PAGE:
24.1. GC Separation of Nitriles

    24.2. Mass Spectra

    Chapter 25. Nitroaromatics

    25.1. GC Separation of Nitroaromatics

    25.2. Mass Spectra of Nitroaromatics

    Chapter 26. Nitrogen-Containing Heterocyclic Compounds

    26.1. GC Separations of Nitrogen-Containing Heterocyclic Compounds

    26.2. Mass Spectra of Nitrogen-Containing Heterocyclics

    Chapter 27. Nucleosides (TMS Derivatives)

    27.1. Derivatization

    27.2. GC Separation of Derivatized Nucleosides

    27.3. Mass Spectra of TMS–Nucleosides [2]

    Chapter 28. Pesticides

    28.1. Chlorinated Pesticides

    28.2. Organophosphorus Pesticides

    28.3. Mass Spectra of Pesticides

    Chapter 29. Phenols

    29.1. GC Separations of Underivatized Phenols and Dihydroxybenzenes

    29.2. Derivatization of Phenols and Dihydroxybenzenes

    29.3. GC Separations of Derivatized Phenols and Dihydroxybenzenes

    29.4. Mass Spectra of Phenols

    29.5. Aminophenols

    29.6. Antioxidants

    Chapter 30. Phosphorus Compounds

    30.1. GC Separations

    30.2. Mass Spectra of Phosphorus Compounds

    Chapter 31. Plasticizers and Other Polymer Additives (Including Phthalates)

    31.1. GC Separations

    31.2. Mass Spectra

    Chapter 32. Prostaglandins (MO–TMS Derivatives)

    32.1. Derivatization (MO–TMS)

    32.2. GC Separation of Derivatized Prostaglandins

    32.3. Mass Spectra of MO–TMS Derivatives of Prostaglandins

    Chapter 33. Solvents and Their Impurities

    33.1. GC Separations of Industrial Solvent Mixtures

    33.2. GC Separations of Impurities in Industrial Solvents

    33.3. Mass Spectra of Solvents and Their Impurities

    Chapter 34. Steroids

    34.1. GC Separation of Underivatized Steroids

    34.2. Derivatization of Steroids

    34.3. GC Separation of Derivatized Steroids

    34.4. Mass Spectra of Underivatized Steroids

    34.5. Mass Spectra of TMS Derivatives of Steroids

    34.6. Mass Spectra of MO–TMS Derivatives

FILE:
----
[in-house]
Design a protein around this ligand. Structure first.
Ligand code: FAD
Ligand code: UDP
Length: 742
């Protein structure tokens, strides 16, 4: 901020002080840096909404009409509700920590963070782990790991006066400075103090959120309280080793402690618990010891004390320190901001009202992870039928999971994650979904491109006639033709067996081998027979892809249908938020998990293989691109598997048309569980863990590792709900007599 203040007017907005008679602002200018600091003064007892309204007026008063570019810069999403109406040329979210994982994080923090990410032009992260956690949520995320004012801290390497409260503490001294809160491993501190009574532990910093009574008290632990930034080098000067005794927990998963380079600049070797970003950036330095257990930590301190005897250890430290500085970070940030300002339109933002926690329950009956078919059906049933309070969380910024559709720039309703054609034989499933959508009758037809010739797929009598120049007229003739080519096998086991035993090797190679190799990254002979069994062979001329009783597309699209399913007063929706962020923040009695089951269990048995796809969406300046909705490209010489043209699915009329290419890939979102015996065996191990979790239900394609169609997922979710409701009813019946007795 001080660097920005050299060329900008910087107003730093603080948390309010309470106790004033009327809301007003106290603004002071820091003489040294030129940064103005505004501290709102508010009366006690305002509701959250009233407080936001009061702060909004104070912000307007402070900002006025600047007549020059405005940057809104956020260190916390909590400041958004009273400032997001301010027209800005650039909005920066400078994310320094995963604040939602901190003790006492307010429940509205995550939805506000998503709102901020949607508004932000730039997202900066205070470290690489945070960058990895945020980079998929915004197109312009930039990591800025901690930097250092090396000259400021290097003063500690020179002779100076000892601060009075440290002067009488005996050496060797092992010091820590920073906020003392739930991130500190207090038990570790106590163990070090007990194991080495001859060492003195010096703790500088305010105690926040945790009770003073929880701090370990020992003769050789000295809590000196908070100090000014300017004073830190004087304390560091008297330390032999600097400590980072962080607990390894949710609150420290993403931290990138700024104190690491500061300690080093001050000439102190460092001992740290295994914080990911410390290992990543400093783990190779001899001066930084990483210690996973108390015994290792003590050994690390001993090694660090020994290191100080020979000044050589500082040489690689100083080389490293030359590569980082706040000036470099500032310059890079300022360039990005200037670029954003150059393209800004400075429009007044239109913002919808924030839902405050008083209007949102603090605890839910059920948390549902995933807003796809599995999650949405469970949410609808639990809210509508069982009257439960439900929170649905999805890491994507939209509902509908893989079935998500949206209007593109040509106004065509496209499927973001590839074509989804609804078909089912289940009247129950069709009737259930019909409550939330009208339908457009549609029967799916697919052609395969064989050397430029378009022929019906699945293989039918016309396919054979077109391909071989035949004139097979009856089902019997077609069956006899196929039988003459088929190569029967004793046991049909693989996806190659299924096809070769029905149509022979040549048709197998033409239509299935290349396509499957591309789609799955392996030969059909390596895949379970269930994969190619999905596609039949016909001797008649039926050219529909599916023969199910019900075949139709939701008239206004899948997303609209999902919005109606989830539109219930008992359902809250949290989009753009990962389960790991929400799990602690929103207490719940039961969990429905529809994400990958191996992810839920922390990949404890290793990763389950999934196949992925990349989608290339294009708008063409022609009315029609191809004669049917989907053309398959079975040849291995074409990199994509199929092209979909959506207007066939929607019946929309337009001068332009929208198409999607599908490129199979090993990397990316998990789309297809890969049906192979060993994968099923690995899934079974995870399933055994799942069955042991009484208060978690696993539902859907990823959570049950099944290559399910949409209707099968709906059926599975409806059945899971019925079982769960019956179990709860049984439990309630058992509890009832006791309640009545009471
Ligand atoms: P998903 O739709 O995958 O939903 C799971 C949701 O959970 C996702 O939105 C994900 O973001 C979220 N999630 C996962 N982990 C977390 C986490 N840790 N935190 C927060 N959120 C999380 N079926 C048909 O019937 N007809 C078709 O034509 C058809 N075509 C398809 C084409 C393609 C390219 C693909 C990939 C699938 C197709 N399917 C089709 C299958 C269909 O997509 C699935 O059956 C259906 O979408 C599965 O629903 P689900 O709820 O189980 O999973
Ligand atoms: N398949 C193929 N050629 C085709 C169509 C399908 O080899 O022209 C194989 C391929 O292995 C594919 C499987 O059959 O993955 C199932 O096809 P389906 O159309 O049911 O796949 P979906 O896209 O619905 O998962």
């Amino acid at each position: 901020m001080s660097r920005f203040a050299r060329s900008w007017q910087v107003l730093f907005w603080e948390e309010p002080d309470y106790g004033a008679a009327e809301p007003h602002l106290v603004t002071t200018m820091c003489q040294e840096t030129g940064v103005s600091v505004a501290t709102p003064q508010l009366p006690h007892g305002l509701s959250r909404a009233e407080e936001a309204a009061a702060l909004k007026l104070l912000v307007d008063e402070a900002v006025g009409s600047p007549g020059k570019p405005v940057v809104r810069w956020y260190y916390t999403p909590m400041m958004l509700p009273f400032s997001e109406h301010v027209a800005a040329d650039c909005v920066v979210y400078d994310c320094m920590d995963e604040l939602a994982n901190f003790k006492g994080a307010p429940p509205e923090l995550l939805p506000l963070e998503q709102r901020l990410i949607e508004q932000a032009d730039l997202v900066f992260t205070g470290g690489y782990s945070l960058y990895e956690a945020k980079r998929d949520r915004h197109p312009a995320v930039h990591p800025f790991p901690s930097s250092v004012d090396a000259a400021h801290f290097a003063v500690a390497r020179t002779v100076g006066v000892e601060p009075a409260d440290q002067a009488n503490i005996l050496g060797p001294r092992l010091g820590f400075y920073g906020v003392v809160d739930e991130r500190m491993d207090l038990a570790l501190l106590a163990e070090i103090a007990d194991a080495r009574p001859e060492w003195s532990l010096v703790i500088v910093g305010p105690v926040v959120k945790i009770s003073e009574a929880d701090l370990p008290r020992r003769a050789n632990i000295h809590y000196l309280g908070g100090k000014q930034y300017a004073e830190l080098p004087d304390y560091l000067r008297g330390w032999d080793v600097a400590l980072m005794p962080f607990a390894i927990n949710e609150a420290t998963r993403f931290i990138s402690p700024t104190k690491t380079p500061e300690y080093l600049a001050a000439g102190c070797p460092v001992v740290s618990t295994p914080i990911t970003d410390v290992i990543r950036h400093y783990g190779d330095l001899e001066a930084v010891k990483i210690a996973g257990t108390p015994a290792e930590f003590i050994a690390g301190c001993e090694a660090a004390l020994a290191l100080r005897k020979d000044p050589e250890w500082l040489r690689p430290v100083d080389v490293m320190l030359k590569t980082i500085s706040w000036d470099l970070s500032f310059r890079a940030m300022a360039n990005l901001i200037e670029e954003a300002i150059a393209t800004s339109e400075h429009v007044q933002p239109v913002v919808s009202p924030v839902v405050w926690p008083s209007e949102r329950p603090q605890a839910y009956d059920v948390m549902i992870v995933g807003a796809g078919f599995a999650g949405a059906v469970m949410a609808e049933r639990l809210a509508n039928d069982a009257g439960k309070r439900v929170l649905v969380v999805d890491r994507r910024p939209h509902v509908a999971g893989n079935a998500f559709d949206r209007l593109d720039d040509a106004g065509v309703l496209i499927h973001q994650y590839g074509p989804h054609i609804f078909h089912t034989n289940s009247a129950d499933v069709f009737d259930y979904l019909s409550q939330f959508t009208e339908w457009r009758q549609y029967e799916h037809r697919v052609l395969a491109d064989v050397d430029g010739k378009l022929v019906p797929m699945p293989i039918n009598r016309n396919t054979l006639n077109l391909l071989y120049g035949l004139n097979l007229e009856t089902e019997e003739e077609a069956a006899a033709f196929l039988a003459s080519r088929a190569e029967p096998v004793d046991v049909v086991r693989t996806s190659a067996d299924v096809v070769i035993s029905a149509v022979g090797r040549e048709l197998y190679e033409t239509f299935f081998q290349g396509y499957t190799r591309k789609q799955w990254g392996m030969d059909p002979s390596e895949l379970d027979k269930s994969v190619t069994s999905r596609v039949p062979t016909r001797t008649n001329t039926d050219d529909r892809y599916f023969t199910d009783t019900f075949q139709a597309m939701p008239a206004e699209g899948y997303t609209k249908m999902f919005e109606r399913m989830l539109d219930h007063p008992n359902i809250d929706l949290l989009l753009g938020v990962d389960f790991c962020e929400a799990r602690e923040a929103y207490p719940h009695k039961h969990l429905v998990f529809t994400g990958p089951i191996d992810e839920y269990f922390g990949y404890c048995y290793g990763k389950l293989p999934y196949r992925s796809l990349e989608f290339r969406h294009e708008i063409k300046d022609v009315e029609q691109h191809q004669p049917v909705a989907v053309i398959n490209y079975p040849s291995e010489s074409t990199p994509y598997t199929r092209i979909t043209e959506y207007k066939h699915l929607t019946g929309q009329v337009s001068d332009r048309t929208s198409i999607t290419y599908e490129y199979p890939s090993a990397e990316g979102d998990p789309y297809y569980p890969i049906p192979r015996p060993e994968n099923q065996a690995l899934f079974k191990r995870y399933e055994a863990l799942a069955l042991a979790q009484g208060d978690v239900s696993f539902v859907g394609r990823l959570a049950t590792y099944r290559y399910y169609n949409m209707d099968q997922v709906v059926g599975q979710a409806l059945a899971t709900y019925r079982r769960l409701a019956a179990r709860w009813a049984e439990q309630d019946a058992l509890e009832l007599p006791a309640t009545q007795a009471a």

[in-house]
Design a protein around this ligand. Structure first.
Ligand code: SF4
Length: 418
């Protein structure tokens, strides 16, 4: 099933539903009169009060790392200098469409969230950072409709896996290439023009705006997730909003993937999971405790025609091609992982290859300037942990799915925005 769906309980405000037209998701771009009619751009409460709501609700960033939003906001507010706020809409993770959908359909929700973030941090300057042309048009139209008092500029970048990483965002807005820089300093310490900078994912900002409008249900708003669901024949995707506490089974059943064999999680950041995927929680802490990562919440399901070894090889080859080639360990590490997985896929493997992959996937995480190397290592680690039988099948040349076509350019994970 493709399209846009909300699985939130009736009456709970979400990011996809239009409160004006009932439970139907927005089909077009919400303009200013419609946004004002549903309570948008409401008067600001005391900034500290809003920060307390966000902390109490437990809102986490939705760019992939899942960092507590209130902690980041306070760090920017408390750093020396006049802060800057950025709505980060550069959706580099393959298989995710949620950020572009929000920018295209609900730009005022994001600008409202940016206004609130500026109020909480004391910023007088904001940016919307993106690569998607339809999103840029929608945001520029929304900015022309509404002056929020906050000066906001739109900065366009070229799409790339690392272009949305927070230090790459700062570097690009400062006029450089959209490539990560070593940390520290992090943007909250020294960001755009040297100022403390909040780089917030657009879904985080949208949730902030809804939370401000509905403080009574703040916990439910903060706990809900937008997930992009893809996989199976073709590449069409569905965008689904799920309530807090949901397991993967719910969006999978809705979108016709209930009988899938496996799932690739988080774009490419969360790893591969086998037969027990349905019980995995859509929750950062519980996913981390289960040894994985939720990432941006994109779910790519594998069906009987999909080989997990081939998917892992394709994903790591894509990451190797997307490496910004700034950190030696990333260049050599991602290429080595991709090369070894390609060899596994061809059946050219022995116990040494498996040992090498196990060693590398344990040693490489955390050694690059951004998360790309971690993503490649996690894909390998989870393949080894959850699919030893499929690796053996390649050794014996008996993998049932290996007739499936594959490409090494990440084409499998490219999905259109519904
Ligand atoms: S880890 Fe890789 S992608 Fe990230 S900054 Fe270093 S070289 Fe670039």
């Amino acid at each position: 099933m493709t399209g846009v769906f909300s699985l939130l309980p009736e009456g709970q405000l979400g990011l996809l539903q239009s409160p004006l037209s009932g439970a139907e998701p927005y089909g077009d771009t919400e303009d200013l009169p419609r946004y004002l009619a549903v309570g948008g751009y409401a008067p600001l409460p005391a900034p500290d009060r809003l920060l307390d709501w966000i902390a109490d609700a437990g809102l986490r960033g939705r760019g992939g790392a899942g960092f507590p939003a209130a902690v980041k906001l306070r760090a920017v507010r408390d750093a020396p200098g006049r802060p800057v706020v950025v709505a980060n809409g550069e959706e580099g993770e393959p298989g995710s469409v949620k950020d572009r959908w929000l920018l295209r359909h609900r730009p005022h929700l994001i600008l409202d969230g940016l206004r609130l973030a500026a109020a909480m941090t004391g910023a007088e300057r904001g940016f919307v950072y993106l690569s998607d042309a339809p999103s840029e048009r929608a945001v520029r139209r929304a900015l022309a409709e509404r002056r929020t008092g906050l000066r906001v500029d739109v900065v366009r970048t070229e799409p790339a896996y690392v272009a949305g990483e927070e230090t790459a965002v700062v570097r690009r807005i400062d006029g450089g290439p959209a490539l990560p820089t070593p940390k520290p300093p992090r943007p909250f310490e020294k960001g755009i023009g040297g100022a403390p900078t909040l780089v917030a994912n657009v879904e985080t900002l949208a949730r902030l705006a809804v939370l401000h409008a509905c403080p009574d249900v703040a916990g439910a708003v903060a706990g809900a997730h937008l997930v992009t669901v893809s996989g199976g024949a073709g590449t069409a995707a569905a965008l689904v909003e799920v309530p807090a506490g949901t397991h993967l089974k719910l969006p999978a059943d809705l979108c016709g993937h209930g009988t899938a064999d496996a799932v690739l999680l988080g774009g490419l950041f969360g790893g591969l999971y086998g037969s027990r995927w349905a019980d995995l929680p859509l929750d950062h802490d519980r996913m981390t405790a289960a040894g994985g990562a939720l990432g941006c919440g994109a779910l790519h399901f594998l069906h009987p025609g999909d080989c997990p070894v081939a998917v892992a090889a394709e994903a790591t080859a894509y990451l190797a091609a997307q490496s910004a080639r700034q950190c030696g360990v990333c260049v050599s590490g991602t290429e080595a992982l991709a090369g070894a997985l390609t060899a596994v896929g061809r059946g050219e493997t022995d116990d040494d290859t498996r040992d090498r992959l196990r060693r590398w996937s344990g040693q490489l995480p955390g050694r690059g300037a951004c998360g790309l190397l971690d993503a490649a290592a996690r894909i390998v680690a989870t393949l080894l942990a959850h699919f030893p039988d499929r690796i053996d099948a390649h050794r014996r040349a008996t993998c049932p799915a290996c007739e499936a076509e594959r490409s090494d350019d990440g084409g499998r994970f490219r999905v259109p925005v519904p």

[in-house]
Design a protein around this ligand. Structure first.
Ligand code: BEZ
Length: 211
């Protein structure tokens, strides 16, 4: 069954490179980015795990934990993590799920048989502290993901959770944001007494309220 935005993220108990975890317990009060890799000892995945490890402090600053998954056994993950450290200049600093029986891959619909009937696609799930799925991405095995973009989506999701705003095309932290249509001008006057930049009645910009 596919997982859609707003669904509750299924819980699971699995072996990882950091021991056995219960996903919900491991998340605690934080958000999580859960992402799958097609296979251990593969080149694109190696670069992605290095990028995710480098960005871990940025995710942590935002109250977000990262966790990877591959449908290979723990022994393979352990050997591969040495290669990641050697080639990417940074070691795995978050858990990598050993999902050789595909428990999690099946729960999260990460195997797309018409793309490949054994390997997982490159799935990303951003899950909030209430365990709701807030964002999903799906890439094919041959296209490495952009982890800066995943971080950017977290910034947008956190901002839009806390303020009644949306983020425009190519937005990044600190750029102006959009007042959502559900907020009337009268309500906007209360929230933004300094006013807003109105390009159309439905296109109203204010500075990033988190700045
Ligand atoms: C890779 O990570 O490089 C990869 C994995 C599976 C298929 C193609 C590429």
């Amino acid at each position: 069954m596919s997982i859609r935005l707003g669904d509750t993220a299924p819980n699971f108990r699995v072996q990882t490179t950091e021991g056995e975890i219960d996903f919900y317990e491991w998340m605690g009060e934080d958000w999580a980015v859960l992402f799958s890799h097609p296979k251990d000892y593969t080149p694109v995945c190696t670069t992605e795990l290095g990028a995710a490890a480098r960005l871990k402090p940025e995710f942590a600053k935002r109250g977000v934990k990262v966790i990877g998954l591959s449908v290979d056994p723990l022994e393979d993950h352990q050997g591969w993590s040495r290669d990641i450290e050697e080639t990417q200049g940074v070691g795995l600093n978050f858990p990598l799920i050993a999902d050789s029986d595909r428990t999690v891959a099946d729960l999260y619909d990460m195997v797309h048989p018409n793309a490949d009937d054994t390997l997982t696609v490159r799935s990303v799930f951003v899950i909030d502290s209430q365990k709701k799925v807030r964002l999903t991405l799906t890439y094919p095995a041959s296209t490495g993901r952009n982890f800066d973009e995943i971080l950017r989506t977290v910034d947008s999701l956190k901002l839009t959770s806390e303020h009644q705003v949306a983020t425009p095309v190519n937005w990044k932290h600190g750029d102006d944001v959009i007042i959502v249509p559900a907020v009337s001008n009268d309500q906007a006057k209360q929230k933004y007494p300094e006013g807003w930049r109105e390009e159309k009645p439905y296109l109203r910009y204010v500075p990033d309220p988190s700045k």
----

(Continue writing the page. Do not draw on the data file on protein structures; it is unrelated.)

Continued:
Chapter 35. Sugars (Monosaccharides)

    35.1. GC Separation of Derivatized Sugars

    35.2. Mass Spectral Interpretation

    Chapter 36. Sulfur Compounds

    36.1. GC Separations

    36.2. Mass Spectra of Sulfur Compounds

    Appendix A. Definitions of Terms Related to Gas Chromatography

    Appendix B. Definitions of Terms Related to Mass Spectrometry

    Appendix C. Atomic Masses and Isotope Abundances and Other Information for the Determination of an Elemental Composition from Isotope Peak Intensity Ratios

    Appendix D. X+1 and X+2 Values for Ions Containing Atoms of C and H Based on Isotope Contributions

    Appendix E. Isotope Peak Patterns for Ions Containing Atoms of Cl and/or Br

    Appendix F. Steps to Follow in the Determination of an Elemental Composition Based on Isotope Peak Intensity Ratios

    Appendix G. Derivatization in GC/MS

    Appendix H. Points of Comparison of LC/MS vs GC/MS

    Appendix I. List of Available EI Mass Spectral Databases

    Appendix J. Information Required for Reporting a GC/MS Analysis

    Appendix K. Third-Party Software for Use with GC/MS

    Appendix L. GC Installation and Maintenance

    Appendix M. Troubleshooting Common GC Problems

    Appendix N. Maintenance, Operating Tips, and Troubleshooting for Mass Spectrometers

    Appendix O. Mixtures for Determining Mass Spectral Resolution

    Appendix P. Cross-Index Chart for GC Stationary Phases

    Appendix Q. Ions for Determining Unknown Structures

    Index

Product details

  • No. of pages: 632
  • Language: English
  • Copyright: © Academic Press 2011
  • Published: March 30, 2011
  • Imprint: Academic Press
  • eBook ISBN: 9780080920153
  • Paperback ISBN: 9780123736284

About the Authors

O David Sparkman

Affiliations and Expertise

Antioch, CA, USA

Zelda Penton

Fulton Kitson